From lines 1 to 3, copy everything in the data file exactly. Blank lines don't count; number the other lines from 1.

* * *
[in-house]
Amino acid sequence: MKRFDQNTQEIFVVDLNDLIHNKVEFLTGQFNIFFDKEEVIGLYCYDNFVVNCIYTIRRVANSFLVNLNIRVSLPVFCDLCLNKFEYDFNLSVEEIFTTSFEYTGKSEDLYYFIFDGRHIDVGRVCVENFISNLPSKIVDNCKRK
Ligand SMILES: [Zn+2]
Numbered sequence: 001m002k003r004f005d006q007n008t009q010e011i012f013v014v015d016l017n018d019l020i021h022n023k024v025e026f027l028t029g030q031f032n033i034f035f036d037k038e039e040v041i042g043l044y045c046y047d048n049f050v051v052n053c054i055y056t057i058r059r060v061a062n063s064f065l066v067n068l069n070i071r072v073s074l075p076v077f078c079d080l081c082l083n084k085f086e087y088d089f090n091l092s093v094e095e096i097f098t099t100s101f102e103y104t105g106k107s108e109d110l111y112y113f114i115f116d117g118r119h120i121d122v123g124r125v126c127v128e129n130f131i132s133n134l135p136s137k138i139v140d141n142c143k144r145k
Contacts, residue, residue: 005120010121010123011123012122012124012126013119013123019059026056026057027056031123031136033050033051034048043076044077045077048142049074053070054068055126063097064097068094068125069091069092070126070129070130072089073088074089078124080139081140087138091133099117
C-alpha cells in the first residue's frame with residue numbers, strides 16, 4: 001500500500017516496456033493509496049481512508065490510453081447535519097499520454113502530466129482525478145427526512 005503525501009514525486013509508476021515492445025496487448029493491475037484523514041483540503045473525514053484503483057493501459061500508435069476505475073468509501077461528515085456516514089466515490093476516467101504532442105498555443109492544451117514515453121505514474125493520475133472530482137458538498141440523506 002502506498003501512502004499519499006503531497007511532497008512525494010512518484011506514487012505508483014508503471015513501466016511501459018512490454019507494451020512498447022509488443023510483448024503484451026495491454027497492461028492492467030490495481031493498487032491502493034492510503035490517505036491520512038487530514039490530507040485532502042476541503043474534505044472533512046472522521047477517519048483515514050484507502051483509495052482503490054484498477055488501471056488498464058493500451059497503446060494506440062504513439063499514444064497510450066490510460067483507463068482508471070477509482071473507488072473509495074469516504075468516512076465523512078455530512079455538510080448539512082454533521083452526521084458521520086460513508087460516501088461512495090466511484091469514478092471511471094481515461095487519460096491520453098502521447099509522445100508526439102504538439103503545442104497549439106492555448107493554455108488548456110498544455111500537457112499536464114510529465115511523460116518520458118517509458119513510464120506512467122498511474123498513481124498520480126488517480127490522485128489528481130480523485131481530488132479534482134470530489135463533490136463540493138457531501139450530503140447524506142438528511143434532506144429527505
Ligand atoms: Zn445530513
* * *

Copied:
[in-house]
Amino acid sequence: MKRFDQNTQEIFVVDLNDLIHNKVEFLTGQFNIFFDKEEVIGLYCYDNFVVNCIYTIRRVANSFLVNLNIRVSLPVFCDLCLNKFEYDFNLSVEEIFTTSFEYTGKSEDLYYFIFDGRHIDVGRVCVENFISNLPSKIVDNCKRK
Ligand SMILES: [Zn+2]